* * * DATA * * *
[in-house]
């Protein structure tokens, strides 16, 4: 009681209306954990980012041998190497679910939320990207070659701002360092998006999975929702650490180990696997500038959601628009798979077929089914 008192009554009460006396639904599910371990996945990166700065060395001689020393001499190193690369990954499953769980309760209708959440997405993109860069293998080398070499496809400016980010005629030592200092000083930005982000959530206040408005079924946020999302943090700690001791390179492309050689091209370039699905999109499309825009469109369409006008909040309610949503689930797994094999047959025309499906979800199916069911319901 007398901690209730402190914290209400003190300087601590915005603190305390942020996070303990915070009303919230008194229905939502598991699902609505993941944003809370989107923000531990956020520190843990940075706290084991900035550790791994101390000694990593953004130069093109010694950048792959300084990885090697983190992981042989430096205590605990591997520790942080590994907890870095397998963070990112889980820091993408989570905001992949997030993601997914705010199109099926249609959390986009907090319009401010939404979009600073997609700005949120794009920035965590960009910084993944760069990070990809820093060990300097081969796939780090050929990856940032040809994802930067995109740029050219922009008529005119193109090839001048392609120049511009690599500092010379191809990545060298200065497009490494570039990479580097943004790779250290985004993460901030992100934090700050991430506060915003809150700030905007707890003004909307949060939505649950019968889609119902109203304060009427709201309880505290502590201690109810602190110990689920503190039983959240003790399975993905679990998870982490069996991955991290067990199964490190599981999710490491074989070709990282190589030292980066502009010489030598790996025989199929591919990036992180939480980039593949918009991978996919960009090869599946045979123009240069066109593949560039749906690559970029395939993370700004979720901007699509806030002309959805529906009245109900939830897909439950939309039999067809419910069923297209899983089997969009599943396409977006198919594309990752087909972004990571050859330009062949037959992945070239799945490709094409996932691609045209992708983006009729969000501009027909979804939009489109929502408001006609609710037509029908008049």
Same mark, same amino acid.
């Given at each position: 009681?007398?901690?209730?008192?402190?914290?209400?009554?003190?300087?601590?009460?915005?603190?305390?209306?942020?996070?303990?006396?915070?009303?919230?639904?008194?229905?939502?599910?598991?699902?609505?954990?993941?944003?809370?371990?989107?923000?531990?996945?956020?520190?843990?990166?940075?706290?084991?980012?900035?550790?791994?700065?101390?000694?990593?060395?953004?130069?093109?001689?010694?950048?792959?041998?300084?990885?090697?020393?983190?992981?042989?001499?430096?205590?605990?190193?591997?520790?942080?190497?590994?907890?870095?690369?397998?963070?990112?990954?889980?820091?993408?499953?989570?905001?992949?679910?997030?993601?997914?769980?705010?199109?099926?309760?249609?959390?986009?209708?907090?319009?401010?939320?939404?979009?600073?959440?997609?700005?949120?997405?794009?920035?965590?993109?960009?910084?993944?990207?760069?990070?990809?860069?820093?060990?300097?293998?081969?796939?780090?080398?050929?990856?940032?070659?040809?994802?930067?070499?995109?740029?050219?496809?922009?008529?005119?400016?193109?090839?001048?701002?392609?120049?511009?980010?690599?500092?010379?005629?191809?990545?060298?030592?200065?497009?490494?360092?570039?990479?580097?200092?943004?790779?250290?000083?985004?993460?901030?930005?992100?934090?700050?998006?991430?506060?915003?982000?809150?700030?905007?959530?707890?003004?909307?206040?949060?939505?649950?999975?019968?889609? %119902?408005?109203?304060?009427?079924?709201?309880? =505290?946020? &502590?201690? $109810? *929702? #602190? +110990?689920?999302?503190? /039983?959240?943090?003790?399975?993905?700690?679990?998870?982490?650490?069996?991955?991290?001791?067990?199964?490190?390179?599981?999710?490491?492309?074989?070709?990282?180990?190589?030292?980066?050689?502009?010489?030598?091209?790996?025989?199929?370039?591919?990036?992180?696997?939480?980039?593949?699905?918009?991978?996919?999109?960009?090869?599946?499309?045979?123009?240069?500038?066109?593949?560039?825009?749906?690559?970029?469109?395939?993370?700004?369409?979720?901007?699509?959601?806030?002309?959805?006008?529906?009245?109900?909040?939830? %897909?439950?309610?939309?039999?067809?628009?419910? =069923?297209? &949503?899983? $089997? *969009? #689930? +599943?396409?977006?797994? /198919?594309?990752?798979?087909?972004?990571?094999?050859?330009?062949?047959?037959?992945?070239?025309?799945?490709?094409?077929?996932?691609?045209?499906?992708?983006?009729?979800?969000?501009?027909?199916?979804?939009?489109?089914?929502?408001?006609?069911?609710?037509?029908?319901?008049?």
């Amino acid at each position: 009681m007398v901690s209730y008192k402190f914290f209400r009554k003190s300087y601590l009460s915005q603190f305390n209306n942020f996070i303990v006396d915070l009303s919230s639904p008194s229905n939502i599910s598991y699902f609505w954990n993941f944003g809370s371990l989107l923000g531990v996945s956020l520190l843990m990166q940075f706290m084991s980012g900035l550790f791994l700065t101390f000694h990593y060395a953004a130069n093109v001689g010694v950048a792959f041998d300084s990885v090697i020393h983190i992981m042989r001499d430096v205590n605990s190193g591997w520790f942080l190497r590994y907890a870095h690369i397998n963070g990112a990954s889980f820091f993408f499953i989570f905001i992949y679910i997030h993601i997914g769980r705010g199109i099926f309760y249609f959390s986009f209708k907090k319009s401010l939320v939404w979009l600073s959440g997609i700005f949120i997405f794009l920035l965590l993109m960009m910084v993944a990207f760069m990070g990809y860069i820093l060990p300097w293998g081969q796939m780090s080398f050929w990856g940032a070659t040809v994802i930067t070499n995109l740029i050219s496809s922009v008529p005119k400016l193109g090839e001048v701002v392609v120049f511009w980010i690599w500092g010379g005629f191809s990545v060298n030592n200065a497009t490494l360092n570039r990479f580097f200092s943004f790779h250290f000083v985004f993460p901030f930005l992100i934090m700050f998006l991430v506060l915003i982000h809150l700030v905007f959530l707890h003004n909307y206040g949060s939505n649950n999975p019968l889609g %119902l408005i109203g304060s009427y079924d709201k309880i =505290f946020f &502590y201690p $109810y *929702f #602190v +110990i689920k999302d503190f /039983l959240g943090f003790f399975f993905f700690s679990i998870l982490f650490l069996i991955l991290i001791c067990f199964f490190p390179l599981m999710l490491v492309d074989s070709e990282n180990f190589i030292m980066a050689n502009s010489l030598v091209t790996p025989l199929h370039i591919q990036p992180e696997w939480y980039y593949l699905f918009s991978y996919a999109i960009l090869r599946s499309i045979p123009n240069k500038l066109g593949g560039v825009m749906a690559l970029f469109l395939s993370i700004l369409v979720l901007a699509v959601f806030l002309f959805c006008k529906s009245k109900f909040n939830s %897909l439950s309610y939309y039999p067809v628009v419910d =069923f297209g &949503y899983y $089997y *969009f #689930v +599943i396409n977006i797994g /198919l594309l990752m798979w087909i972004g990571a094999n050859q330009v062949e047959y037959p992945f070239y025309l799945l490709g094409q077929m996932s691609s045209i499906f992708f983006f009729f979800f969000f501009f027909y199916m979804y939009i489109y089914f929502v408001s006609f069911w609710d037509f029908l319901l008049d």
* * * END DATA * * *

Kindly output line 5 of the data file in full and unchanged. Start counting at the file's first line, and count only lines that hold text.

């Amino acid at each position: 009681m007398v901690s209730y008192k402190f914290f209400r009554k003190s300087y601590l009460s915005q603190f305390n209306n942020f996070i303990v006396d915070l009303s919230s639904p008194s229905n939502i599910s598991y699902f609505w954990n993941f944003g809370s371990l989107l923000g531990v996945s956020l520190l843990m990166q940075f706290m084991s980012g900035l550790f791994l700065t101390f000694h990593y060395a953004a130069n093109v001689g010694v950048a792959f041998d300084s990885v090697i020393h983190i992981m042989r001499d430096v205590n605990s190193g591997w520790f942080l190497r590994y907890a870095h690369i397998n963070g990112a990954s889980f820091f993408f499953i989570f905001i992949y679910i997030h993601i997914g769980r705010g199109i099926f309760y249609f959390s986009f209708k907090k319009s401010l939320v939404w979009l600073s959440g997609i700005f949120i997405f794009l920035l965590l993109m960009m910084v993944a990207f760069m990070g990809y860069i820093l060990p300097w293998g081969q796939m780090s080398f050929w990856g940032a070659t040809v994802i930067t070499n995109l740029i050219s496809s922009v008529p005119k400016l193109g090839e001048v701002v392609v120049f511009w980010i690599w500092g010379g005629f191809s990545v060298n030592n200065a497009t490494l360092n570039r990479f580097f200092s943004f790779h250290f000083v985004f993460p901030f930005l992100i934090m700050f998006l991430v506060l915003i982000h809150l700030v905007f959530l707890h003004n909307y206040g949060s939505n649950n999975p019968l889609g %119902l408005i109203g304060s009427y079924d709201k309880i =505290f946020f &502590y201690p $109810y *929702f #602190v +110990i689920k999302d503190f /039983l959240g943090f003790f399975f993905f700690s679990i998870l982490f650490l069996i991955l991290i001791c067990f199964f490190p390179l599981m999710l490491v492309d074989s070709e990282n180990f190589i030292m980066a050689n502009s010489l030598v091209t790996p025989l199929h370039i591919q990036p992180e696997w939480y980039y593949l699905f918009s991978y996919a999109i960009l090869r599946s499309i045979p123009n240069k500038l066109g593949g560039v825009m749906a690559l970029f469109l395939s993370i700004l369409v979720l901007a699509v959601f806030l002309f959805c006008k529906s009245k109900f909040n939830s %897909l439950s309610y939309y039999p067809v628009v419910d =069923f297209g &949503y899983y $089997y *969009f #689930v +599943i396409n977006i797994g /198919l594309l990752m798979w087909i972004g990571a094999n050859q330009v062949e047959y037959p992945f070239y025309l799945l490709g094409q077929m996932s691609s045209i499906f992708f983006f009729f979800f969000f501009f027909y199916m979804y939009i489109y089914f929502v408001s006609f069911w609710d037509f029908l319901l008049d």